Third Period

A TJ Oshie interference on Phil Myers set up another power play, but the Flyers brutally muffed entry attempts and neutered whatever momentum there was to be gained. The Capitals imposed their might for the next few minutes at even strength, but a Conor Sheary trip on Wade Allison on the Washington half-wall sent the Flyers back to the man advantage.

After an extended absence from both units, Shayne Gostisbehere returned to the power play and got things going with Travis Konecny and Jakub Voracek. Kevin Hayes made a slick pass, and Wade Allison ripped it, finding his first career NHL goal. Great puck movement from the Flyers for a change, and a nice moment in a sea of deserved cynicism and anger.

Of course, nothing joyous can last with this team, so on the ensuing face-off Conor Sheary put one past Alex Lyon to make it 5-3. Just awful nonsense to crush any hope of a comeback that might have been remaining, because Flyers fans can’t have anything nice, ever. Even Jim Jackson was totally bewildered.

A bullshit goaltender interference call sent the Caps back to the power play to ice the game, but the Flyers actually had a successful penalty kill, including a 2-on-1 started by Laughton that ended in an Oskar Lindblom miss. Worth noting here that Laughton created almost the entire play, for those in the comments who aren’t a fan of his recent extension. The term might be worth getting annoyed about, but Laughton is a solid player who contributes heavily to what little success this team has found.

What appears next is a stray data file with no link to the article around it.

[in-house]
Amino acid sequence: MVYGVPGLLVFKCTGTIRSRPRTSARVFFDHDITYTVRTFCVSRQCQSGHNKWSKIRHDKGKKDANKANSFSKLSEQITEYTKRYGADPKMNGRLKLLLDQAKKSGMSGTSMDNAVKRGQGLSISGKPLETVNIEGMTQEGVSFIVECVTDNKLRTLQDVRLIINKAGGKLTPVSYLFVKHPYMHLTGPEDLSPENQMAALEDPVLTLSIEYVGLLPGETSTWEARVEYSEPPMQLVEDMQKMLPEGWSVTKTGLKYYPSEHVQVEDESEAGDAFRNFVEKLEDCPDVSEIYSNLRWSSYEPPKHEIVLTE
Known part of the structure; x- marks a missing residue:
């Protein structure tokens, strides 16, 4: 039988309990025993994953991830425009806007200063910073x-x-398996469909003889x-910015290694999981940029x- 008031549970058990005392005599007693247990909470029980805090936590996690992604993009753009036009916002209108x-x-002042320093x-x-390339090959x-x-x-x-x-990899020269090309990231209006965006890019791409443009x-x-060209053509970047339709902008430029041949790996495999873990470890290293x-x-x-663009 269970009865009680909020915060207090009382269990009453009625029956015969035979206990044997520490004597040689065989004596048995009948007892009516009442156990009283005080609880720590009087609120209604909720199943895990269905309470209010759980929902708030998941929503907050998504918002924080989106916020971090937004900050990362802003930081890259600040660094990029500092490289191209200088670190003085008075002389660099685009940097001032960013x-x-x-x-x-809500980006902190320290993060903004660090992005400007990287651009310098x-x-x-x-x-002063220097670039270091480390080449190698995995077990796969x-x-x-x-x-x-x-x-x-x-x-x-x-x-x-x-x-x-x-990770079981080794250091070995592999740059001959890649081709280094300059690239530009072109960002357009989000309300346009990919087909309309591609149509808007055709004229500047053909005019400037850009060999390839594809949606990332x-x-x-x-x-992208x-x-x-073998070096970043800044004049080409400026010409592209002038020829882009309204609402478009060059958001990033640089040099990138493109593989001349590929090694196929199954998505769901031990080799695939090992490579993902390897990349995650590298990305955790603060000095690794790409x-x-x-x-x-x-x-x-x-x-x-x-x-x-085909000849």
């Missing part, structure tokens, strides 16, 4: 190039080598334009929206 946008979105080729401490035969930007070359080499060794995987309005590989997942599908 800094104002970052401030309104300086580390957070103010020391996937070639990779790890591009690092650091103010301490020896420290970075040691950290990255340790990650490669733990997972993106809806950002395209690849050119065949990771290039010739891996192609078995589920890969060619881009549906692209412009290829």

A Kevin Hayes rush turned into mush, and the big pivot responded with a slash that gave the Capitals another power play. The Caps were merciful and mostly took their time, continuing the trend of Flyers penalty kills that just kinda... end? There have been a lot of PKs recently where the only reason the unit didn’t give up a goal was due to the opposition making mistakes or generally playing with little energy, and this fit the bill.

After a last gasp with the goalie pulled, Anthony Mantha potted his third goal in as many games as a Capital with the empty netter. The Flyers lose this one 6-3.

Three Big Things

  1. Wade Allison has been the real deal through two games. He’s certainly a player to keep an eye on, especially if some of the other young, middle-six guys don’t pick up the pace. Big Red has a nose for the net, and he honestly should have found the back of the net on Thursday’s game too. The power and awareness of his game at just 23 years old is encouraging to say the least.
  2. Nicolas Aube-Kubel played well today, even if he took a costly penalty. The Flyers have sorely missed his puck retrieval success and intelligent defensive play that he flashed last year. Hopefully the gritty winger can clean up his discipline and improve his consistency, because when he’s on, he’s an effective player for this team.
  3. The power play and penalty kill are pretty broken. The PK is rife with overpursuit and awful vision with stick placement, and the power play (perhaps more annoyingly) has been hampered by constant personnel changes, lackluster design, and completely incongruent choices for who goes where. Ivan Provorov has proven that he isn’t a power play weapon; watching him try to walk the line is bad enough, but even off the puck the young defender has concrete blocks for feet. Shayne Gostisbehere should be the established guy on the top unit, even if only for the purpose of boosting his trade value. These are things that coaches need to be held accountable for.

Post Game Tunes

In honor of Wade Allison’s first career goal that ultimately went to waste, here’s a song with a title about the Big Red Train scoring in vain.

Have a good rest of your Saturday, folks, and as always, go Flyers.